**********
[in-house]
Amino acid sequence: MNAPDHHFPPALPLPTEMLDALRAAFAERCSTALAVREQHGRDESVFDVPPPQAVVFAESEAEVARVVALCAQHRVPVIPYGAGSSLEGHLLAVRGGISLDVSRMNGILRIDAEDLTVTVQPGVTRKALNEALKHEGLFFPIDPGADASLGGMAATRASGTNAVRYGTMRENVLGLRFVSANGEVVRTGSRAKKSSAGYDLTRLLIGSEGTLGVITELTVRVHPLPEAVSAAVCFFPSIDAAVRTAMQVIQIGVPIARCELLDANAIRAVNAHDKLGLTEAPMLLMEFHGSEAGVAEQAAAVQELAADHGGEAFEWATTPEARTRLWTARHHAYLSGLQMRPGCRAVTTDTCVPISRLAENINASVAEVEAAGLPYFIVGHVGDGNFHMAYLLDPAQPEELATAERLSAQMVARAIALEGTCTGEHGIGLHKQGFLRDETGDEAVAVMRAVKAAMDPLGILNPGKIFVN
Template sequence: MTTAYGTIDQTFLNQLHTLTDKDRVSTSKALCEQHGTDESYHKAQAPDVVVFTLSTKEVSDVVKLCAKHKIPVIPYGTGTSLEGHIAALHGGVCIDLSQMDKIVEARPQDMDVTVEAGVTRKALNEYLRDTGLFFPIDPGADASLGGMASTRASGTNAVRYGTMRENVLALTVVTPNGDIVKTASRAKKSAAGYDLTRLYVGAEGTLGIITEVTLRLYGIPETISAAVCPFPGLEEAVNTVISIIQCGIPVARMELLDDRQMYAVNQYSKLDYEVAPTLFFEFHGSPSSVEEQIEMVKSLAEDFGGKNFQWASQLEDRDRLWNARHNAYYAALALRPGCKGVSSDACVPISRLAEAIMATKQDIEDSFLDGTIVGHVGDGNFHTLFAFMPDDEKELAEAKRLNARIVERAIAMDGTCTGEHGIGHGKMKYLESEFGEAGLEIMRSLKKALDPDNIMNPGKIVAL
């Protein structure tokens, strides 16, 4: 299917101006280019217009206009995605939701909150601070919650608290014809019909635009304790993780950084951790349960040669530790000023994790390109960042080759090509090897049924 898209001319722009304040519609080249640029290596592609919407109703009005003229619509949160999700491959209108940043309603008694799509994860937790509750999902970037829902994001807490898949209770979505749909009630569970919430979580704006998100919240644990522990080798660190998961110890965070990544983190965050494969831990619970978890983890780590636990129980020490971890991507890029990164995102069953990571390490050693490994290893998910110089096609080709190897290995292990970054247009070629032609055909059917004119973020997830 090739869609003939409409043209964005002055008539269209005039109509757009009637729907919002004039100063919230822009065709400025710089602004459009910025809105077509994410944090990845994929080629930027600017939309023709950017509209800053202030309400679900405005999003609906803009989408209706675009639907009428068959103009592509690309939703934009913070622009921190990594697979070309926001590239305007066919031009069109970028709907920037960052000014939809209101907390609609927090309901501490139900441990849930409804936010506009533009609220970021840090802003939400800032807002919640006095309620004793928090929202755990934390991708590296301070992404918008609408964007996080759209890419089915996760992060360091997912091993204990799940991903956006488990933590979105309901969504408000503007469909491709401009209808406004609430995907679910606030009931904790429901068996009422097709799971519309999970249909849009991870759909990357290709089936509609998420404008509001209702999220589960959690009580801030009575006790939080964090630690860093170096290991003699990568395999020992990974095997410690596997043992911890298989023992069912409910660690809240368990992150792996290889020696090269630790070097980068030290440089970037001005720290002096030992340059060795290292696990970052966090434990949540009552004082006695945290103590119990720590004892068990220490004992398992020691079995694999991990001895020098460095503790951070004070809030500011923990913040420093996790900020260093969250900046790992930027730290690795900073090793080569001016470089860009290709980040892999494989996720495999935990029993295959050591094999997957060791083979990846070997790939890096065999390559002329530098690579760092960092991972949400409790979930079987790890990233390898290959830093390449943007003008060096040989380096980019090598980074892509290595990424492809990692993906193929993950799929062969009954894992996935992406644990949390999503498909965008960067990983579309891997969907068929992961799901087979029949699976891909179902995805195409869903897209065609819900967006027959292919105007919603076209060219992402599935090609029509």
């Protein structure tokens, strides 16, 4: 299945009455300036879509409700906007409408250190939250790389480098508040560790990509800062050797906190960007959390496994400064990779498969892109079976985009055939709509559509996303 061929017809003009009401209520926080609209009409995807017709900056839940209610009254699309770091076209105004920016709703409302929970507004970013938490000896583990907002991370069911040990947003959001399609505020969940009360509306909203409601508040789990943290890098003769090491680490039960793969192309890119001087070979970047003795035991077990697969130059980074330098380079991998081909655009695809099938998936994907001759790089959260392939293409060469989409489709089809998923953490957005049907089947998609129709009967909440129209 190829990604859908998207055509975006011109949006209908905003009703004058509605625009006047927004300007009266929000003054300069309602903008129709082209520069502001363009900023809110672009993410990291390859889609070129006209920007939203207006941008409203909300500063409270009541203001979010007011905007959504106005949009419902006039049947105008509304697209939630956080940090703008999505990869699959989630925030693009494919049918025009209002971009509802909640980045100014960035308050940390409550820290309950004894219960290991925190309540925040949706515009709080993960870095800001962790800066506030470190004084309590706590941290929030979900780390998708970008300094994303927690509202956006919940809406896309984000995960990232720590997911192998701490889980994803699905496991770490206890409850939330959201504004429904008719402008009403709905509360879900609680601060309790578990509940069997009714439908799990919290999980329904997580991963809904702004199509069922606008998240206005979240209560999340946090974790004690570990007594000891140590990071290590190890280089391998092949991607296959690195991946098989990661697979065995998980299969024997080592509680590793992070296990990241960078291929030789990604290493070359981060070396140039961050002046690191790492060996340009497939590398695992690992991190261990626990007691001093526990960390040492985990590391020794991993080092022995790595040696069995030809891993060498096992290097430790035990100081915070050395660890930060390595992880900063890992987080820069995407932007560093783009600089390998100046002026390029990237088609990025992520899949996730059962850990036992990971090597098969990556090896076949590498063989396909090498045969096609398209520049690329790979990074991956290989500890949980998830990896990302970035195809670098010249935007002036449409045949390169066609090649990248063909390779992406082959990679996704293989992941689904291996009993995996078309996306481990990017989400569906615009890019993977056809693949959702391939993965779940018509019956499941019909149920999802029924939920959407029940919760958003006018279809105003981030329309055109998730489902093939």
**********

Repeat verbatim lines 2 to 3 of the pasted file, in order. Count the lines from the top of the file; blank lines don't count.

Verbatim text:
Amino acid sequence: MNAPDHHFPPALPLPTEMLDALRAAFAERCSTALAVREQHGRDESVFDVPPPQAVVFAESEAEVARVVALCAQHRVPVIPYGAGSSLEGHLLAVRGGISLDVSRMNGILRIDAEDLTVTVQPGVTRKALNEALKHEGLFFPIDPGADASLGGMAATRASGTNAVRYGTMRENVLGLRFVSANGEVVRTGSRAKKSSAGYDLTRLLIGSEGTLGVITELTVRVHPLPEAVSAAVCFFPSIDAAVRTAMQVIQIGVPIARCELLDANAIRAVNAHDKLGLTEAPMLLMEFHGSEAGVAEQAAAVQELAADHGGEAFEWATTPEARTRLWTARHHAYLSGLQMRPGCRAVTTDTCVPISRLAENINASVAEVEAAGLPYFIVGHVGDGNFHMAYLLDPAQPEELATAERLSAQMVARAIALEGTCTGEHGIGLHKQGFLRDETGDEAVAVMRAVKAAMDPLGILNPGKIFVN
Template sequence: MTTAYGTIDQTFLNQLHTLTDKDRVSTSKALCEQHGTDESYHKAQAPDVVVFTLSTKEVSDVVKLCAKHKIPVIPYGTGTSLEGHIAALHGGVCIDLSQMDKIVEARPQDMDVTVEAGVTRKALNEYLRDTGLFFPIDPGADASLGGMASTRASGTNAVRYGTMRENVLALTVVTPNGDIVKTASRAKKSAAGYDLTRLYVGAEGTLGIITEVTLRLYGIPETISAAVCPFPGLEEAVNTVISIIQCGIPVARMELLDDRQMYAVNQYSKLDYEVAPTLFFEFHGSPSSVEEQIEMVKSLAEDFGGKNFQWASQLEDRDRLWNARHNAYYAALALRPGCKGVSSDACVPISRLAEAIMATKQDIEDSFLDGTIVGHVGDGNFHTLFAFMPDDEKELAEAKRLNARIVERAIAMDGTCTGEHGIGHGKMKYLESEFGEAGLEIMRSLKKALDPDNIMNPGKIVAL